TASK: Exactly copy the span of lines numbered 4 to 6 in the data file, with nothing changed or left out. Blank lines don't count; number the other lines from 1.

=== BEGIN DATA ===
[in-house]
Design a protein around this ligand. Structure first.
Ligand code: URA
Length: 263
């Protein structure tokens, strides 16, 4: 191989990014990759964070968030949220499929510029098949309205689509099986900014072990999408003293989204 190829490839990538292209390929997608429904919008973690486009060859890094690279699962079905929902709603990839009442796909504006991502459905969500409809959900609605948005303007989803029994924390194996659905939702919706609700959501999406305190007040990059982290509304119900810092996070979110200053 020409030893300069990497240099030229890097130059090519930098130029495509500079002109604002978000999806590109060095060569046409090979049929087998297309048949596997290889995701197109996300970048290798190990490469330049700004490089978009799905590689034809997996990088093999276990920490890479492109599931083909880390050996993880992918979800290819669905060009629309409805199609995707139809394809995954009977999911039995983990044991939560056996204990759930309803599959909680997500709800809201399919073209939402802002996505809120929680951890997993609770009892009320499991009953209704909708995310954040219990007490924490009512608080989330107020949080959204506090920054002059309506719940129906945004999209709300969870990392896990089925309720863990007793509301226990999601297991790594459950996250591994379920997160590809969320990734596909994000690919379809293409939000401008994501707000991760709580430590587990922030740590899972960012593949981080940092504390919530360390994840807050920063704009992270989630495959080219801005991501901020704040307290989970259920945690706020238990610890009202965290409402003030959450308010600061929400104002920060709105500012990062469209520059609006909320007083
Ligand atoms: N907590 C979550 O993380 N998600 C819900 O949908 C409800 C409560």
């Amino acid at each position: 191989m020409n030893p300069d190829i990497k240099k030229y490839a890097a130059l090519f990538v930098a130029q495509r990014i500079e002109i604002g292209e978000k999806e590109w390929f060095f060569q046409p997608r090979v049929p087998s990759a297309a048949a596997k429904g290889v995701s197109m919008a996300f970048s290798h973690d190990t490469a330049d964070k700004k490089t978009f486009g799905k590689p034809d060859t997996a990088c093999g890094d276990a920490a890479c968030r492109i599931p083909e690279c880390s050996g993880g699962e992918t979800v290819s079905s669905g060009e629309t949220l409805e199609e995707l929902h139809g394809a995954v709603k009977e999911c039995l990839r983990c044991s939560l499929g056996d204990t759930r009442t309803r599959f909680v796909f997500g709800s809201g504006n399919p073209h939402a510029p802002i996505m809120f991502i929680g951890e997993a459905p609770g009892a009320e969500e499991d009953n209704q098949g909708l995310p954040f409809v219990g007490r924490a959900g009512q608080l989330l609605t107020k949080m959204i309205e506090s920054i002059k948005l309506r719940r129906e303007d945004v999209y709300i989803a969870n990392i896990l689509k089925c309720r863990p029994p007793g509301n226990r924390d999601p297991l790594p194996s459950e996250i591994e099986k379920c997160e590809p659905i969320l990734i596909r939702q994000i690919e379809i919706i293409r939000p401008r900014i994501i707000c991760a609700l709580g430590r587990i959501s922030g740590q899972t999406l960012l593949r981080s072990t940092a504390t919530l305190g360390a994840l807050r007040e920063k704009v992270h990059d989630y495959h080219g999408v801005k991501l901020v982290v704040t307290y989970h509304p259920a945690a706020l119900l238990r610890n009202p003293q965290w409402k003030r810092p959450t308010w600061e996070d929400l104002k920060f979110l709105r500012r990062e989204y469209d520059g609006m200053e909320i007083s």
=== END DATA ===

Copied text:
Length: 263
């Protein structure tokens, strides 16, 4: 191989990014990759964070968030949220499929510029098949309205689509099986900014072990999408003293989204 190829490839990538292209390929997608429904919008973690486009060859890094690279699962079905929902709603990839009442796909504006991502459905969500409809959900609605948005303007989803029994924390194996659905939702919706609700959501999406305190007040990059982290509304119900810092996070979110200053 020409030893300069990497240099030229890097130059090519930098130029495509500079002109604002978000999806590109060095060569046409090979049929087998297309048949596997290889995701197109996300970048290798190990490469330049700004490089978009799905590689034809997996990088093999276990920490890479492109599931083909880390050996993880992918979800290819669905060009629309409805199609995707139809394809995954009977999911039995983990044991939560056996204990759930309803599959909680997500709800809201399919073209939402802002996505809120929680951890997993609770009892009320499991009953209704909708995310954040219990007490924490009512608080989330107020949080959204506090920054002059309506719940129906945004999209709300969870990392896990089925309720863990007793509301226990999601297991790594459950996250591994379920997160590809969320990734596909994000690919379809293409939000401008994501707000991760709580430590587990922030740590899972960012593949981080940092504390919530360390994840807050920063704009992270989630495959080219801005991501901020704040307290989970259920945690706020238990610890009202965290409402003030959450308010600061929400104002920060709105500012990062469209520059609006909320007083
Ligand atoms: N907590 C979550 O993380 N998600 C819900 O949908 C409800 C409560």